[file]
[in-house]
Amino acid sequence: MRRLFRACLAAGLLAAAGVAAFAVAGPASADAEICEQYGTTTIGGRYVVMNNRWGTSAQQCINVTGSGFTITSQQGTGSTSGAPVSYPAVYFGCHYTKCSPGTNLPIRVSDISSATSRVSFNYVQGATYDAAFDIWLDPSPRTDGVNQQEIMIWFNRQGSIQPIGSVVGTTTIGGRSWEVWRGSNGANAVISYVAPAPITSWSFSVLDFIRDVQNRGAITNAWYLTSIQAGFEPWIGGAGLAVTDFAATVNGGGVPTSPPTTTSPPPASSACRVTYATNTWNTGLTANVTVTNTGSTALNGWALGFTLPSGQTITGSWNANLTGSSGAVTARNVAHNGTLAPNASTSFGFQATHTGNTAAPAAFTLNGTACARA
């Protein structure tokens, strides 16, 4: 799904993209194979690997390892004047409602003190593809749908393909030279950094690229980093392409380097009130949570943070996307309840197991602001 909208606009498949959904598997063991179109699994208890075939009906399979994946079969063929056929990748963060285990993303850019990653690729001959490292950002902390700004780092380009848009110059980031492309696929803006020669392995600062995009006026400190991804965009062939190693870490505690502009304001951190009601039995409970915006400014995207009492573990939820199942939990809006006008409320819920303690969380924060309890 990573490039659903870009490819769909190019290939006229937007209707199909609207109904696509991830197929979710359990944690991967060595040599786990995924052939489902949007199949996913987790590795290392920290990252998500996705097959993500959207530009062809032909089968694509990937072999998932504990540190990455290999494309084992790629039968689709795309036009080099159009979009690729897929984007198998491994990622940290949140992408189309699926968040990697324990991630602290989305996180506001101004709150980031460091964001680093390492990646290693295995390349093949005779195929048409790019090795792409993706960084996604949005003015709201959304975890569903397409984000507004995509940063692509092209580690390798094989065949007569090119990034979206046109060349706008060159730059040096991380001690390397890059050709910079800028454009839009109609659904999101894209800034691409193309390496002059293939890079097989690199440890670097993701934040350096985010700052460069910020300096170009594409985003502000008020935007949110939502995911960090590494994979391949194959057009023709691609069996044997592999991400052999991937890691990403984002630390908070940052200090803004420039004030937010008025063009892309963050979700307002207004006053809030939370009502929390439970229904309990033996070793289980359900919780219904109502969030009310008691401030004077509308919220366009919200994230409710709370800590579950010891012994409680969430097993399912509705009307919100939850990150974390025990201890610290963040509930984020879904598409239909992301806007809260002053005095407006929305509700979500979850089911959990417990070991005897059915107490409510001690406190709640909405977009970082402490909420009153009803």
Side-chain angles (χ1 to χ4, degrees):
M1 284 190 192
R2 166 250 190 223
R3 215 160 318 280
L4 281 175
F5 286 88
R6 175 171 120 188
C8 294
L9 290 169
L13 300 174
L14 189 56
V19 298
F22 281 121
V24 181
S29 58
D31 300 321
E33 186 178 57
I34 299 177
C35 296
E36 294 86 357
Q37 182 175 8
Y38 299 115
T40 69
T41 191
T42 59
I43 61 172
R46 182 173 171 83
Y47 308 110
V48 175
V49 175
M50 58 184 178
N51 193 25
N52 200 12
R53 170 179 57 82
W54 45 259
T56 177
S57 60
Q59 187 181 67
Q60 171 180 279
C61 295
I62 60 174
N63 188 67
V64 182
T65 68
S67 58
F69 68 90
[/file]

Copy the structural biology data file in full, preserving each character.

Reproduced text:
[in-house]
Amino acid sequence: MRRLFRACLAAGLLAAAGVAAFAVAGPASADAEICEQYGTTTIGGRYVVMNNRWGTSAQQCINVTGSGFTITSQQGTGSTSGAPVSYPAVYFGCHYTKCSPGTNLPIRVSDISSATSRVSFNYVQGATYDAAFDIWLDPSPRTDGVNQQEIMIWFNRQGSIQPIGSVVGTTTIGGRSWEVWRGSNGANAVISYVAPAPITSWSFSVLDFIRDVQNRGAITNAWYLTSIQAGFEPWIGGAGLAVTDFAATVNGGGVPTSPPTTTSPPPASSACRVTYATNTWNTGLTANVTVTNTGSTALNGWALGFTLPSGQTITGSWNANLTGSSGAVTARNVAHNGTLAPNASTSFGFQATHTGNTAAPAAFTLNGTACARA
């Protein structure tokens, strides 16, 4: 799904993209194979690997390892004047409602003190593809749908393909030279950094690229980093392409380097009130949570943070996307309840197991602001 909208606009498949959904598997063991179109699994208890075939009906399979994946079969063929056929990748963060285990993303850019990653690729001959490292950002902390700004780092380009848009110059980031492309696929803006020669392995600062995009006026400190991804965009062939190693870490505690502009304001951190009601039995409970915006400014995207009492573990939820199942939990809006006008409320819920303690969380924060309890 990573490039659903870009490819769909190019290939006229937007209707199909609207109904696509991830197929979710359990944690991967060595040599786990995924052939489902949007199949996913987790590795290392920290990252998500996705097959993500959207530009062809032909089968694509990937072999998932504990540190990455290999494309084992790629039968689709795309036009080099159009979009690729897929984007198998491994990622940290949140992408189309699926968040990697324990991630602290989305996180506001101004709150980031460091964001680093390492990646290693295995390349093949005779195929048409790019090795792409993706960084996604949005003015709201959304975890569903397409984000507004995509940063692509092209580690390798094989065949007569090119990034979206046109060349706008060159730059040096991380001690390397890059050709910079800028454009839009109609659904999101894209800034691409193309390496002059293939890079097989690199440890670097993701934040350096985010700052460069910020300096170009594409985003502000008020935007949110939502995911960090590494994979391949194959057009023709691609069996044997592999991400052999991937890691990403984002630390908070940052200090803004420039004030937010008025063009892309963050979700307002207004006053809030939370009502929390439970229904309990033996070793289980359900919780219904109502969030009310008691401030004077509308919220366009919200994230409710709370800590579950010891012994409680969430097993399912509705009307919100939850990150974390025990201890610290963040509930984020879904598409239909992301806007809260002053005095407006929305509700979500979850089911959990417990070991005897059915107490409510001690406190709640909405977009970082402490909420009153009803």
Side-chain angles (χ1 to χ4, degrees):
M1 284 190 192
R2 166 250 190 223
R3 215 160 318 280
L4 281 175
F5 286 88
R6 175 171 120 188
C8 294
L9 290 169
L13 300 174
L14 189 56
V19 298
F22 281 121
V24 181
S29 58
D31 300 321
E33 186 178 57
I34 299 177
C35 296
E36 294 86 357
Q37 182 175 8
Y38 299 115
T40 69
T41 191
T42 59
I43 61 172
R46 182 173 171 83
Y47 308 110
V48 175
V49 175
M50 58 184 178
N51 193 25
N52 200 12
R53 170 179 57 82
W54 45 259
T56 177
S57 60
Q59 187 181 67
Q60 171 180 279
C61 295
I62 60 174
N63 188 67
V64 182
T65 68
S67 58
F69 68 90